FORT IRWIN, Calif. — Four civil stability assessment teams exercised their non-lethal expertise during a training event Monday as part of the 3rd Cavalry Regiment’s rotation to the National Training Center.
The multi-functional teams consisted of Soldiers from Civil Affairs, Tactical Psychological Operations, Unit ministry and the Judge Advocate General’s Corps who were tasked to assess the town of Nabran.
As part of this simulated training, the town was recently liberated by Task Force Rifles and the teams were sent in to conduct an initial assessment. Each squad had to collect specific data to conduct an enemy propaganda analysis, religious impact analysis, determine proper humanitarian aid efforts and develop networks to use during future operations.
“A training scenario like this is where you can make mistakes and learn from, so when real world situations occur you can lean on your training and execute accordingly,” Staff Sgt. Leo Villarreal, a religious affairs noncommissioned officer with 3rd CR, said.
This specialized training spans over four days and cannot be easily replicated because of the austere environment, foreign speaking role players and the complex scenario, that showcases how non-lethal assets bring different capabilities in combat.
“Normally when you think of chaplains, you think of religious services, counseling and strong bond retreats,” Chaplain (Maj.) Bill Martin the 3rd CR chaplain, said. “We also bring another capability to the regiment. External advisement, which is being trained on today, provides the commander with information about the religious environment that can affect our mission.”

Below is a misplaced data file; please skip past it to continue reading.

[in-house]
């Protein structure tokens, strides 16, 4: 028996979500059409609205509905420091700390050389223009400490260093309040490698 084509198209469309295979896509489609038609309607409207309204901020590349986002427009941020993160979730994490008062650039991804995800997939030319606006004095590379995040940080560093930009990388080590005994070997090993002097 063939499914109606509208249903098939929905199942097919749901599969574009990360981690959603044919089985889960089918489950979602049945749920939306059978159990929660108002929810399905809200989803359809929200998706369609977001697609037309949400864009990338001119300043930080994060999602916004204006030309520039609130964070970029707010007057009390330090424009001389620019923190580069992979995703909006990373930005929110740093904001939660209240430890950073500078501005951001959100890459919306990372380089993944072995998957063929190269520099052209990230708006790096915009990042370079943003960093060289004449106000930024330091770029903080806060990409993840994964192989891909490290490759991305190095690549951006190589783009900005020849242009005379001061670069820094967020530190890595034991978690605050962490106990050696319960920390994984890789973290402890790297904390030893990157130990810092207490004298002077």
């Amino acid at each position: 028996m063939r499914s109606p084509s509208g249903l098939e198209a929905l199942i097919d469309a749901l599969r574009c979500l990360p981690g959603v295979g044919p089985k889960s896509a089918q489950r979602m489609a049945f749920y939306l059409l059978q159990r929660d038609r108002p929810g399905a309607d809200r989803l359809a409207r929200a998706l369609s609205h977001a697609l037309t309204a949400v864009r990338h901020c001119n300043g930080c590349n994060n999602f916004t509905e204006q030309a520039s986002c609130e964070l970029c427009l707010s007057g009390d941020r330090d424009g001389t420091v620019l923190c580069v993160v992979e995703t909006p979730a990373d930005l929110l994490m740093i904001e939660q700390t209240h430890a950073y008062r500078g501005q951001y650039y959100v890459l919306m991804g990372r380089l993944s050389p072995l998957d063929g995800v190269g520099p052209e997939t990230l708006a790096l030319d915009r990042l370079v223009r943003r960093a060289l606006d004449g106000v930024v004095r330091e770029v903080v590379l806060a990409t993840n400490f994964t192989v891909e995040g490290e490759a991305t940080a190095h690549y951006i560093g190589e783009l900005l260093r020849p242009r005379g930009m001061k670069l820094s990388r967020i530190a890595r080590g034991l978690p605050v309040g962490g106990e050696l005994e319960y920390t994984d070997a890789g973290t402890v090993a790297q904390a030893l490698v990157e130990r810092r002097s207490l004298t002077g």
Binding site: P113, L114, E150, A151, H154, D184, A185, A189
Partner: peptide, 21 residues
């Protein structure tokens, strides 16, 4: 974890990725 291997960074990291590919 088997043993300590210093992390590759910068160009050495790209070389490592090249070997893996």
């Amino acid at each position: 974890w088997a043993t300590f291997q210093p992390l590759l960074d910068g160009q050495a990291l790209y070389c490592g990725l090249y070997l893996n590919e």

Another non-lethal capability that isn’t often highlighted on the battlefield is the legal guidance commanders seek out when faced with challenges in combat.
“Paralegal training at NTC is the best in the world. Nowhere else are paralegals trained on the claims process in combat, rules of law and basic Soldier skills in a dynamic real-world setting as part of a multi-functional civil stability team,” Maj. Gregory Isham, regimental judge advocate, said.
Readiness and lethality are at the forefront of training, and the Brave Rifles non-lethal forces are trained and ready to provide stability in any complex environment.